When it comes to economic systems, the difference between capitalism and free market capitalism is indeed significant. While the latter has gained prominence in recent years, thanks to the influence of neo-liberal policy makers and organizations like the World Bank and World Trade Organization, it has also faced criticism for its impact on emerging economies. Ha-Joon Chang, an esteemed professor of economics at Oxford University for 32 years, has extensively researched this topic and his findings challenge the prevailing ideologies often found in economics textbooks.

Free Market: An economic system based on supply and demand with little or not government control.
Things they don’t tell you about Capitalism

Chang’s research reveals that the historical evidence points to the fact that the greatest economic growth under capitalism occurs in situations where the market is not entirely free, but operates under a lot of state intervention. This goes against the mainstream narrative today that advocates for unrestricted free markets. Singapore is an example of a country that uses both socialist and free-market policies to great success.

World Economic Forum of Free Market Propaganda

At the 54th annual meeting of the World Economic Forum, Argentine premier Javier Milei gave a speech that made no distinction between the success of capitalism over the last 200 years and free market capitalism. In so doing he illustrates just how many people now believe it is the only form of capitalism. Milei also relied on another disreputable justification for free market capitalism with an attack on positive liberty. 

Blaise Pascal Quote
Positive liberty and Negative liberty

Positive liberty and negative liberty are rival, incompatible interpretations of a single political ideal. Positive liberty is the philosophical idea that true freedom must be created by social cooperation and placing some restrictions on human activity. Negative liberty, favored by people like Friedrich Hayek and Isaiah Berlin, believe that freedom comes from the absence of restraint exerted by any other person or the state. It follows then that those in favor of negative liberty resent things like taxation and the redistribution of wealth. 

The negative liberty argument is adopted by free market, neo-liberal capitalists. Advocates claim that high taxation and wealth redistribution diminish the incentive for capitalists to invest and innovate. Elon Musk apparently agrees.

However, the same advocates favor cutting subsidies to the poor and freezing their wages so that they have greater incentive to work harder. This is something of a paradox.

Why do we need to make the rich richer to make them work harder but the poor poorer for the same purpose?

Ha-Joon Chang

A moment of objective reflection reveals that individuals from all walks of life continue to work and contribute to society despite facing low incomes and high tax burdens. This calls into question the validity of the incentive argument.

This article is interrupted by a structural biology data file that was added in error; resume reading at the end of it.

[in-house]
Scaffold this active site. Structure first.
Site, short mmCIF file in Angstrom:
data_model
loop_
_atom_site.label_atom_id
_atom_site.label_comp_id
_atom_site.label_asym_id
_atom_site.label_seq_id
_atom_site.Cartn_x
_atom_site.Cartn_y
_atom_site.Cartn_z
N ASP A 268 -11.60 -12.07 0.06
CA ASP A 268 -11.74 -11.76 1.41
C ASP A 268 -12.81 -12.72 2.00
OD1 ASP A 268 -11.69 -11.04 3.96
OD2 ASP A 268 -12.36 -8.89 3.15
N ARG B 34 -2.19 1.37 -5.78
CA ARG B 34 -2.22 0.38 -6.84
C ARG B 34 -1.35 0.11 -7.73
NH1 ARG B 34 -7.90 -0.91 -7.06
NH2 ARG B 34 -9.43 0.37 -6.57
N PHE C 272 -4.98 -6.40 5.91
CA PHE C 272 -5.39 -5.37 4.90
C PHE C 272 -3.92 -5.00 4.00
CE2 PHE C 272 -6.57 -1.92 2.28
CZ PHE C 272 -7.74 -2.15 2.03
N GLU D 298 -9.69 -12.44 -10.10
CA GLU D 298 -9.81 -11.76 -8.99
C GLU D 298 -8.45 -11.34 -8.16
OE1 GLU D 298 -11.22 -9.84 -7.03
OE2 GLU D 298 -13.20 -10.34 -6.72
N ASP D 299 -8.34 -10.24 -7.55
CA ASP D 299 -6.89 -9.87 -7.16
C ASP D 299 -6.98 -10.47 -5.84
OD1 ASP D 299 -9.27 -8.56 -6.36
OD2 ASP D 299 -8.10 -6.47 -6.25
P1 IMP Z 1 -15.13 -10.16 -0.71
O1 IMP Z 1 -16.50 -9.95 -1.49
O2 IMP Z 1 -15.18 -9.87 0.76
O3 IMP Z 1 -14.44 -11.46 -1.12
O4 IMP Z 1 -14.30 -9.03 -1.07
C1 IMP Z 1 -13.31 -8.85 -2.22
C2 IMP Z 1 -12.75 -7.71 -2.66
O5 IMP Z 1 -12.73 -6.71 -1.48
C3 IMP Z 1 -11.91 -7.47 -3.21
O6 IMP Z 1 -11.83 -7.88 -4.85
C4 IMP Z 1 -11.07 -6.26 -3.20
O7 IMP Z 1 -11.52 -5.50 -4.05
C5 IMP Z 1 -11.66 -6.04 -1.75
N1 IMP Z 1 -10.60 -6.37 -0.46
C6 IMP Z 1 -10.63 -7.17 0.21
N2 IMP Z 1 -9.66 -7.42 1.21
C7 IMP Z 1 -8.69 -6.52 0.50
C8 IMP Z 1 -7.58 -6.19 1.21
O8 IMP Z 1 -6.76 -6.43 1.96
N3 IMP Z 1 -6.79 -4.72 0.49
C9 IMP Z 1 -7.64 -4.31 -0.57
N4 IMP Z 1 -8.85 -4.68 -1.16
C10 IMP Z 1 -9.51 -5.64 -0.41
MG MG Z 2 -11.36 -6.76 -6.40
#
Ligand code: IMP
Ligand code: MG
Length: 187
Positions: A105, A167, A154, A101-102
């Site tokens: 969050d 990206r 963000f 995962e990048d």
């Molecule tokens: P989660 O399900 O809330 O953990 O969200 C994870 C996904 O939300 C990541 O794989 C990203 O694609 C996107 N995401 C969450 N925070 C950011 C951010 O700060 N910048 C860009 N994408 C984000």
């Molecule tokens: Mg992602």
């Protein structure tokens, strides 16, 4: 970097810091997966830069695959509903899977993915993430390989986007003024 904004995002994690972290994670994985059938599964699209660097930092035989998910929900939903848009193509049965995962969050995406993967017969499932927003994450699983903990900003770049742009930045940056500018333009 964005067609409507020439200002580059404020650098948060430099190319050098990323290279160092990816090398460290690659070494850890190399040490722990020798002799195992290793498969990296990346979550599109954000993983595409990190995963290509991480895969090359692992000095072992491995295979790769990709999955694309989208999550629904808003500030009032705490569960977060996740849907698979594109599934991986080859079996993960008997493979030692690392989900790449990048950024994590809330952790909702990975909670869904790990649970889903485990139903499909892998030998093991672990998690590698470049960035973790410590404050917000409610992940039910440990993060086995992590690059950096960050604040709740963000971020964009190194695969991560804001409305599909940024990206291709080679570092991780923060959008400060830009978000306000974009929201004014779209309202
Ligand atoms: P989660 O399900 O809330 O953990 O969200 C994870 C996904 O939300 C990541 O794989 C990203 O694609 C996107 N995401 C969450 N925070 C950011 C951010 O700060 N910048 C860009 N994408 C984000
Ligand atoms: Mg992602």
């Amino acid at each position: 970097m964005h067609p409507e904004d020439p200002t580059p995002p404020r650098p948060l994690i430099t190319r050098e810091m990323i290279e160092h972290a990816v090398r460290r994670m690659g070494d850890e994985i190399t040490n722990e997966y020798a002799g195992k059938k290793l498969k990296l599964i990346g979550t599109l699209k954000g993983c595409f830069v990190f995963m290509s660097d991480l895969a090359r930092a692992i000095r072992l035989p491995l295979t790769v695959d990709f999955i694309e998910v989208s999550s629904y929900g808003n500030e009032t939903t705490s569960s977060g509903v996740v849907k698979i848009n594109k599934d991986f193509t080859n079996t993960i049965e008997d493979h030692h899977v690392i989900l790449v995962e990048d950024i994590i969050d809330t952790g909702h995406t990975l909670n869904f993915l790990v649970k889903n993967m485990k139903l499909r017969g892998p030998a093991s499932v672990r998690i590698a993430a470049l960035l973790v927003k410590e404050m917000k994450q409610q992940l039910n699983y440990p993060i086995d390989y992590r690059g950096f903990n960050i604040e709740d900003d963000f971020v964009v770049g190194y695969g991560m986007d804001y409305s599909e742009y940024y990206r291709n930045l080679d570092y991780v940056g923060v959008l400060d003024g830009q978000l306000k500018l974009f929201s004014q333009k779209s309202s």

The reality is that the relationship between taxation, wealth redistribution, and economic growth is far more complex than a simple incentive structure for capitalists. It involves a multitude of factors, including access to education, social safety nets, and infrastructure development. By solely focusing on the incentives of one particular group, we risk overlooking the broader societal benefits that can be achieved through a fair and equitable distribution of resources.

The Free-Market: What would it really look like?

Thomas Hobbes, the influential philosopher, warned us about the dangers of a truly free market in his thoughts on the social contract. Humans are quite well known for acting selfishly, and with limited information about the consequences of their actions. 

If things were left entirely in the hands of such a free market, with no rules or restrictions, it could lead to a host of negative outcomes. Just imagine a world where the market autonomously decides what holds value.

For starters, consumer protection could be virtually non-existent. Without any regulations, there would be no safeguard against unethical business practices that pose risks to health, safety, and over-all consumer well-being. What’s to stop a company from putting dangerous or substandard goods on the market if there’s no oversight? 

Equally troubling is the potential for environmental degradation. Businesses, in their quest for maximum profits, may have little or no regard for the environment. They might resort to problematic practices like over-extraction of natural resources, excessive pollution, and irresponsible waste disposal. The health of our planet could hang in the balance. 

Additionally, let’s not forget about the potential for economic inequality. In a truly free market, wealth could concentrate in the hands of a few as large corporations grow bigger and more powerful. This could stifle competition, leading to monopolies, and be detrimental to small businesses and start-ups, not to mention, marginalized groups could face even more disparity and exploitation.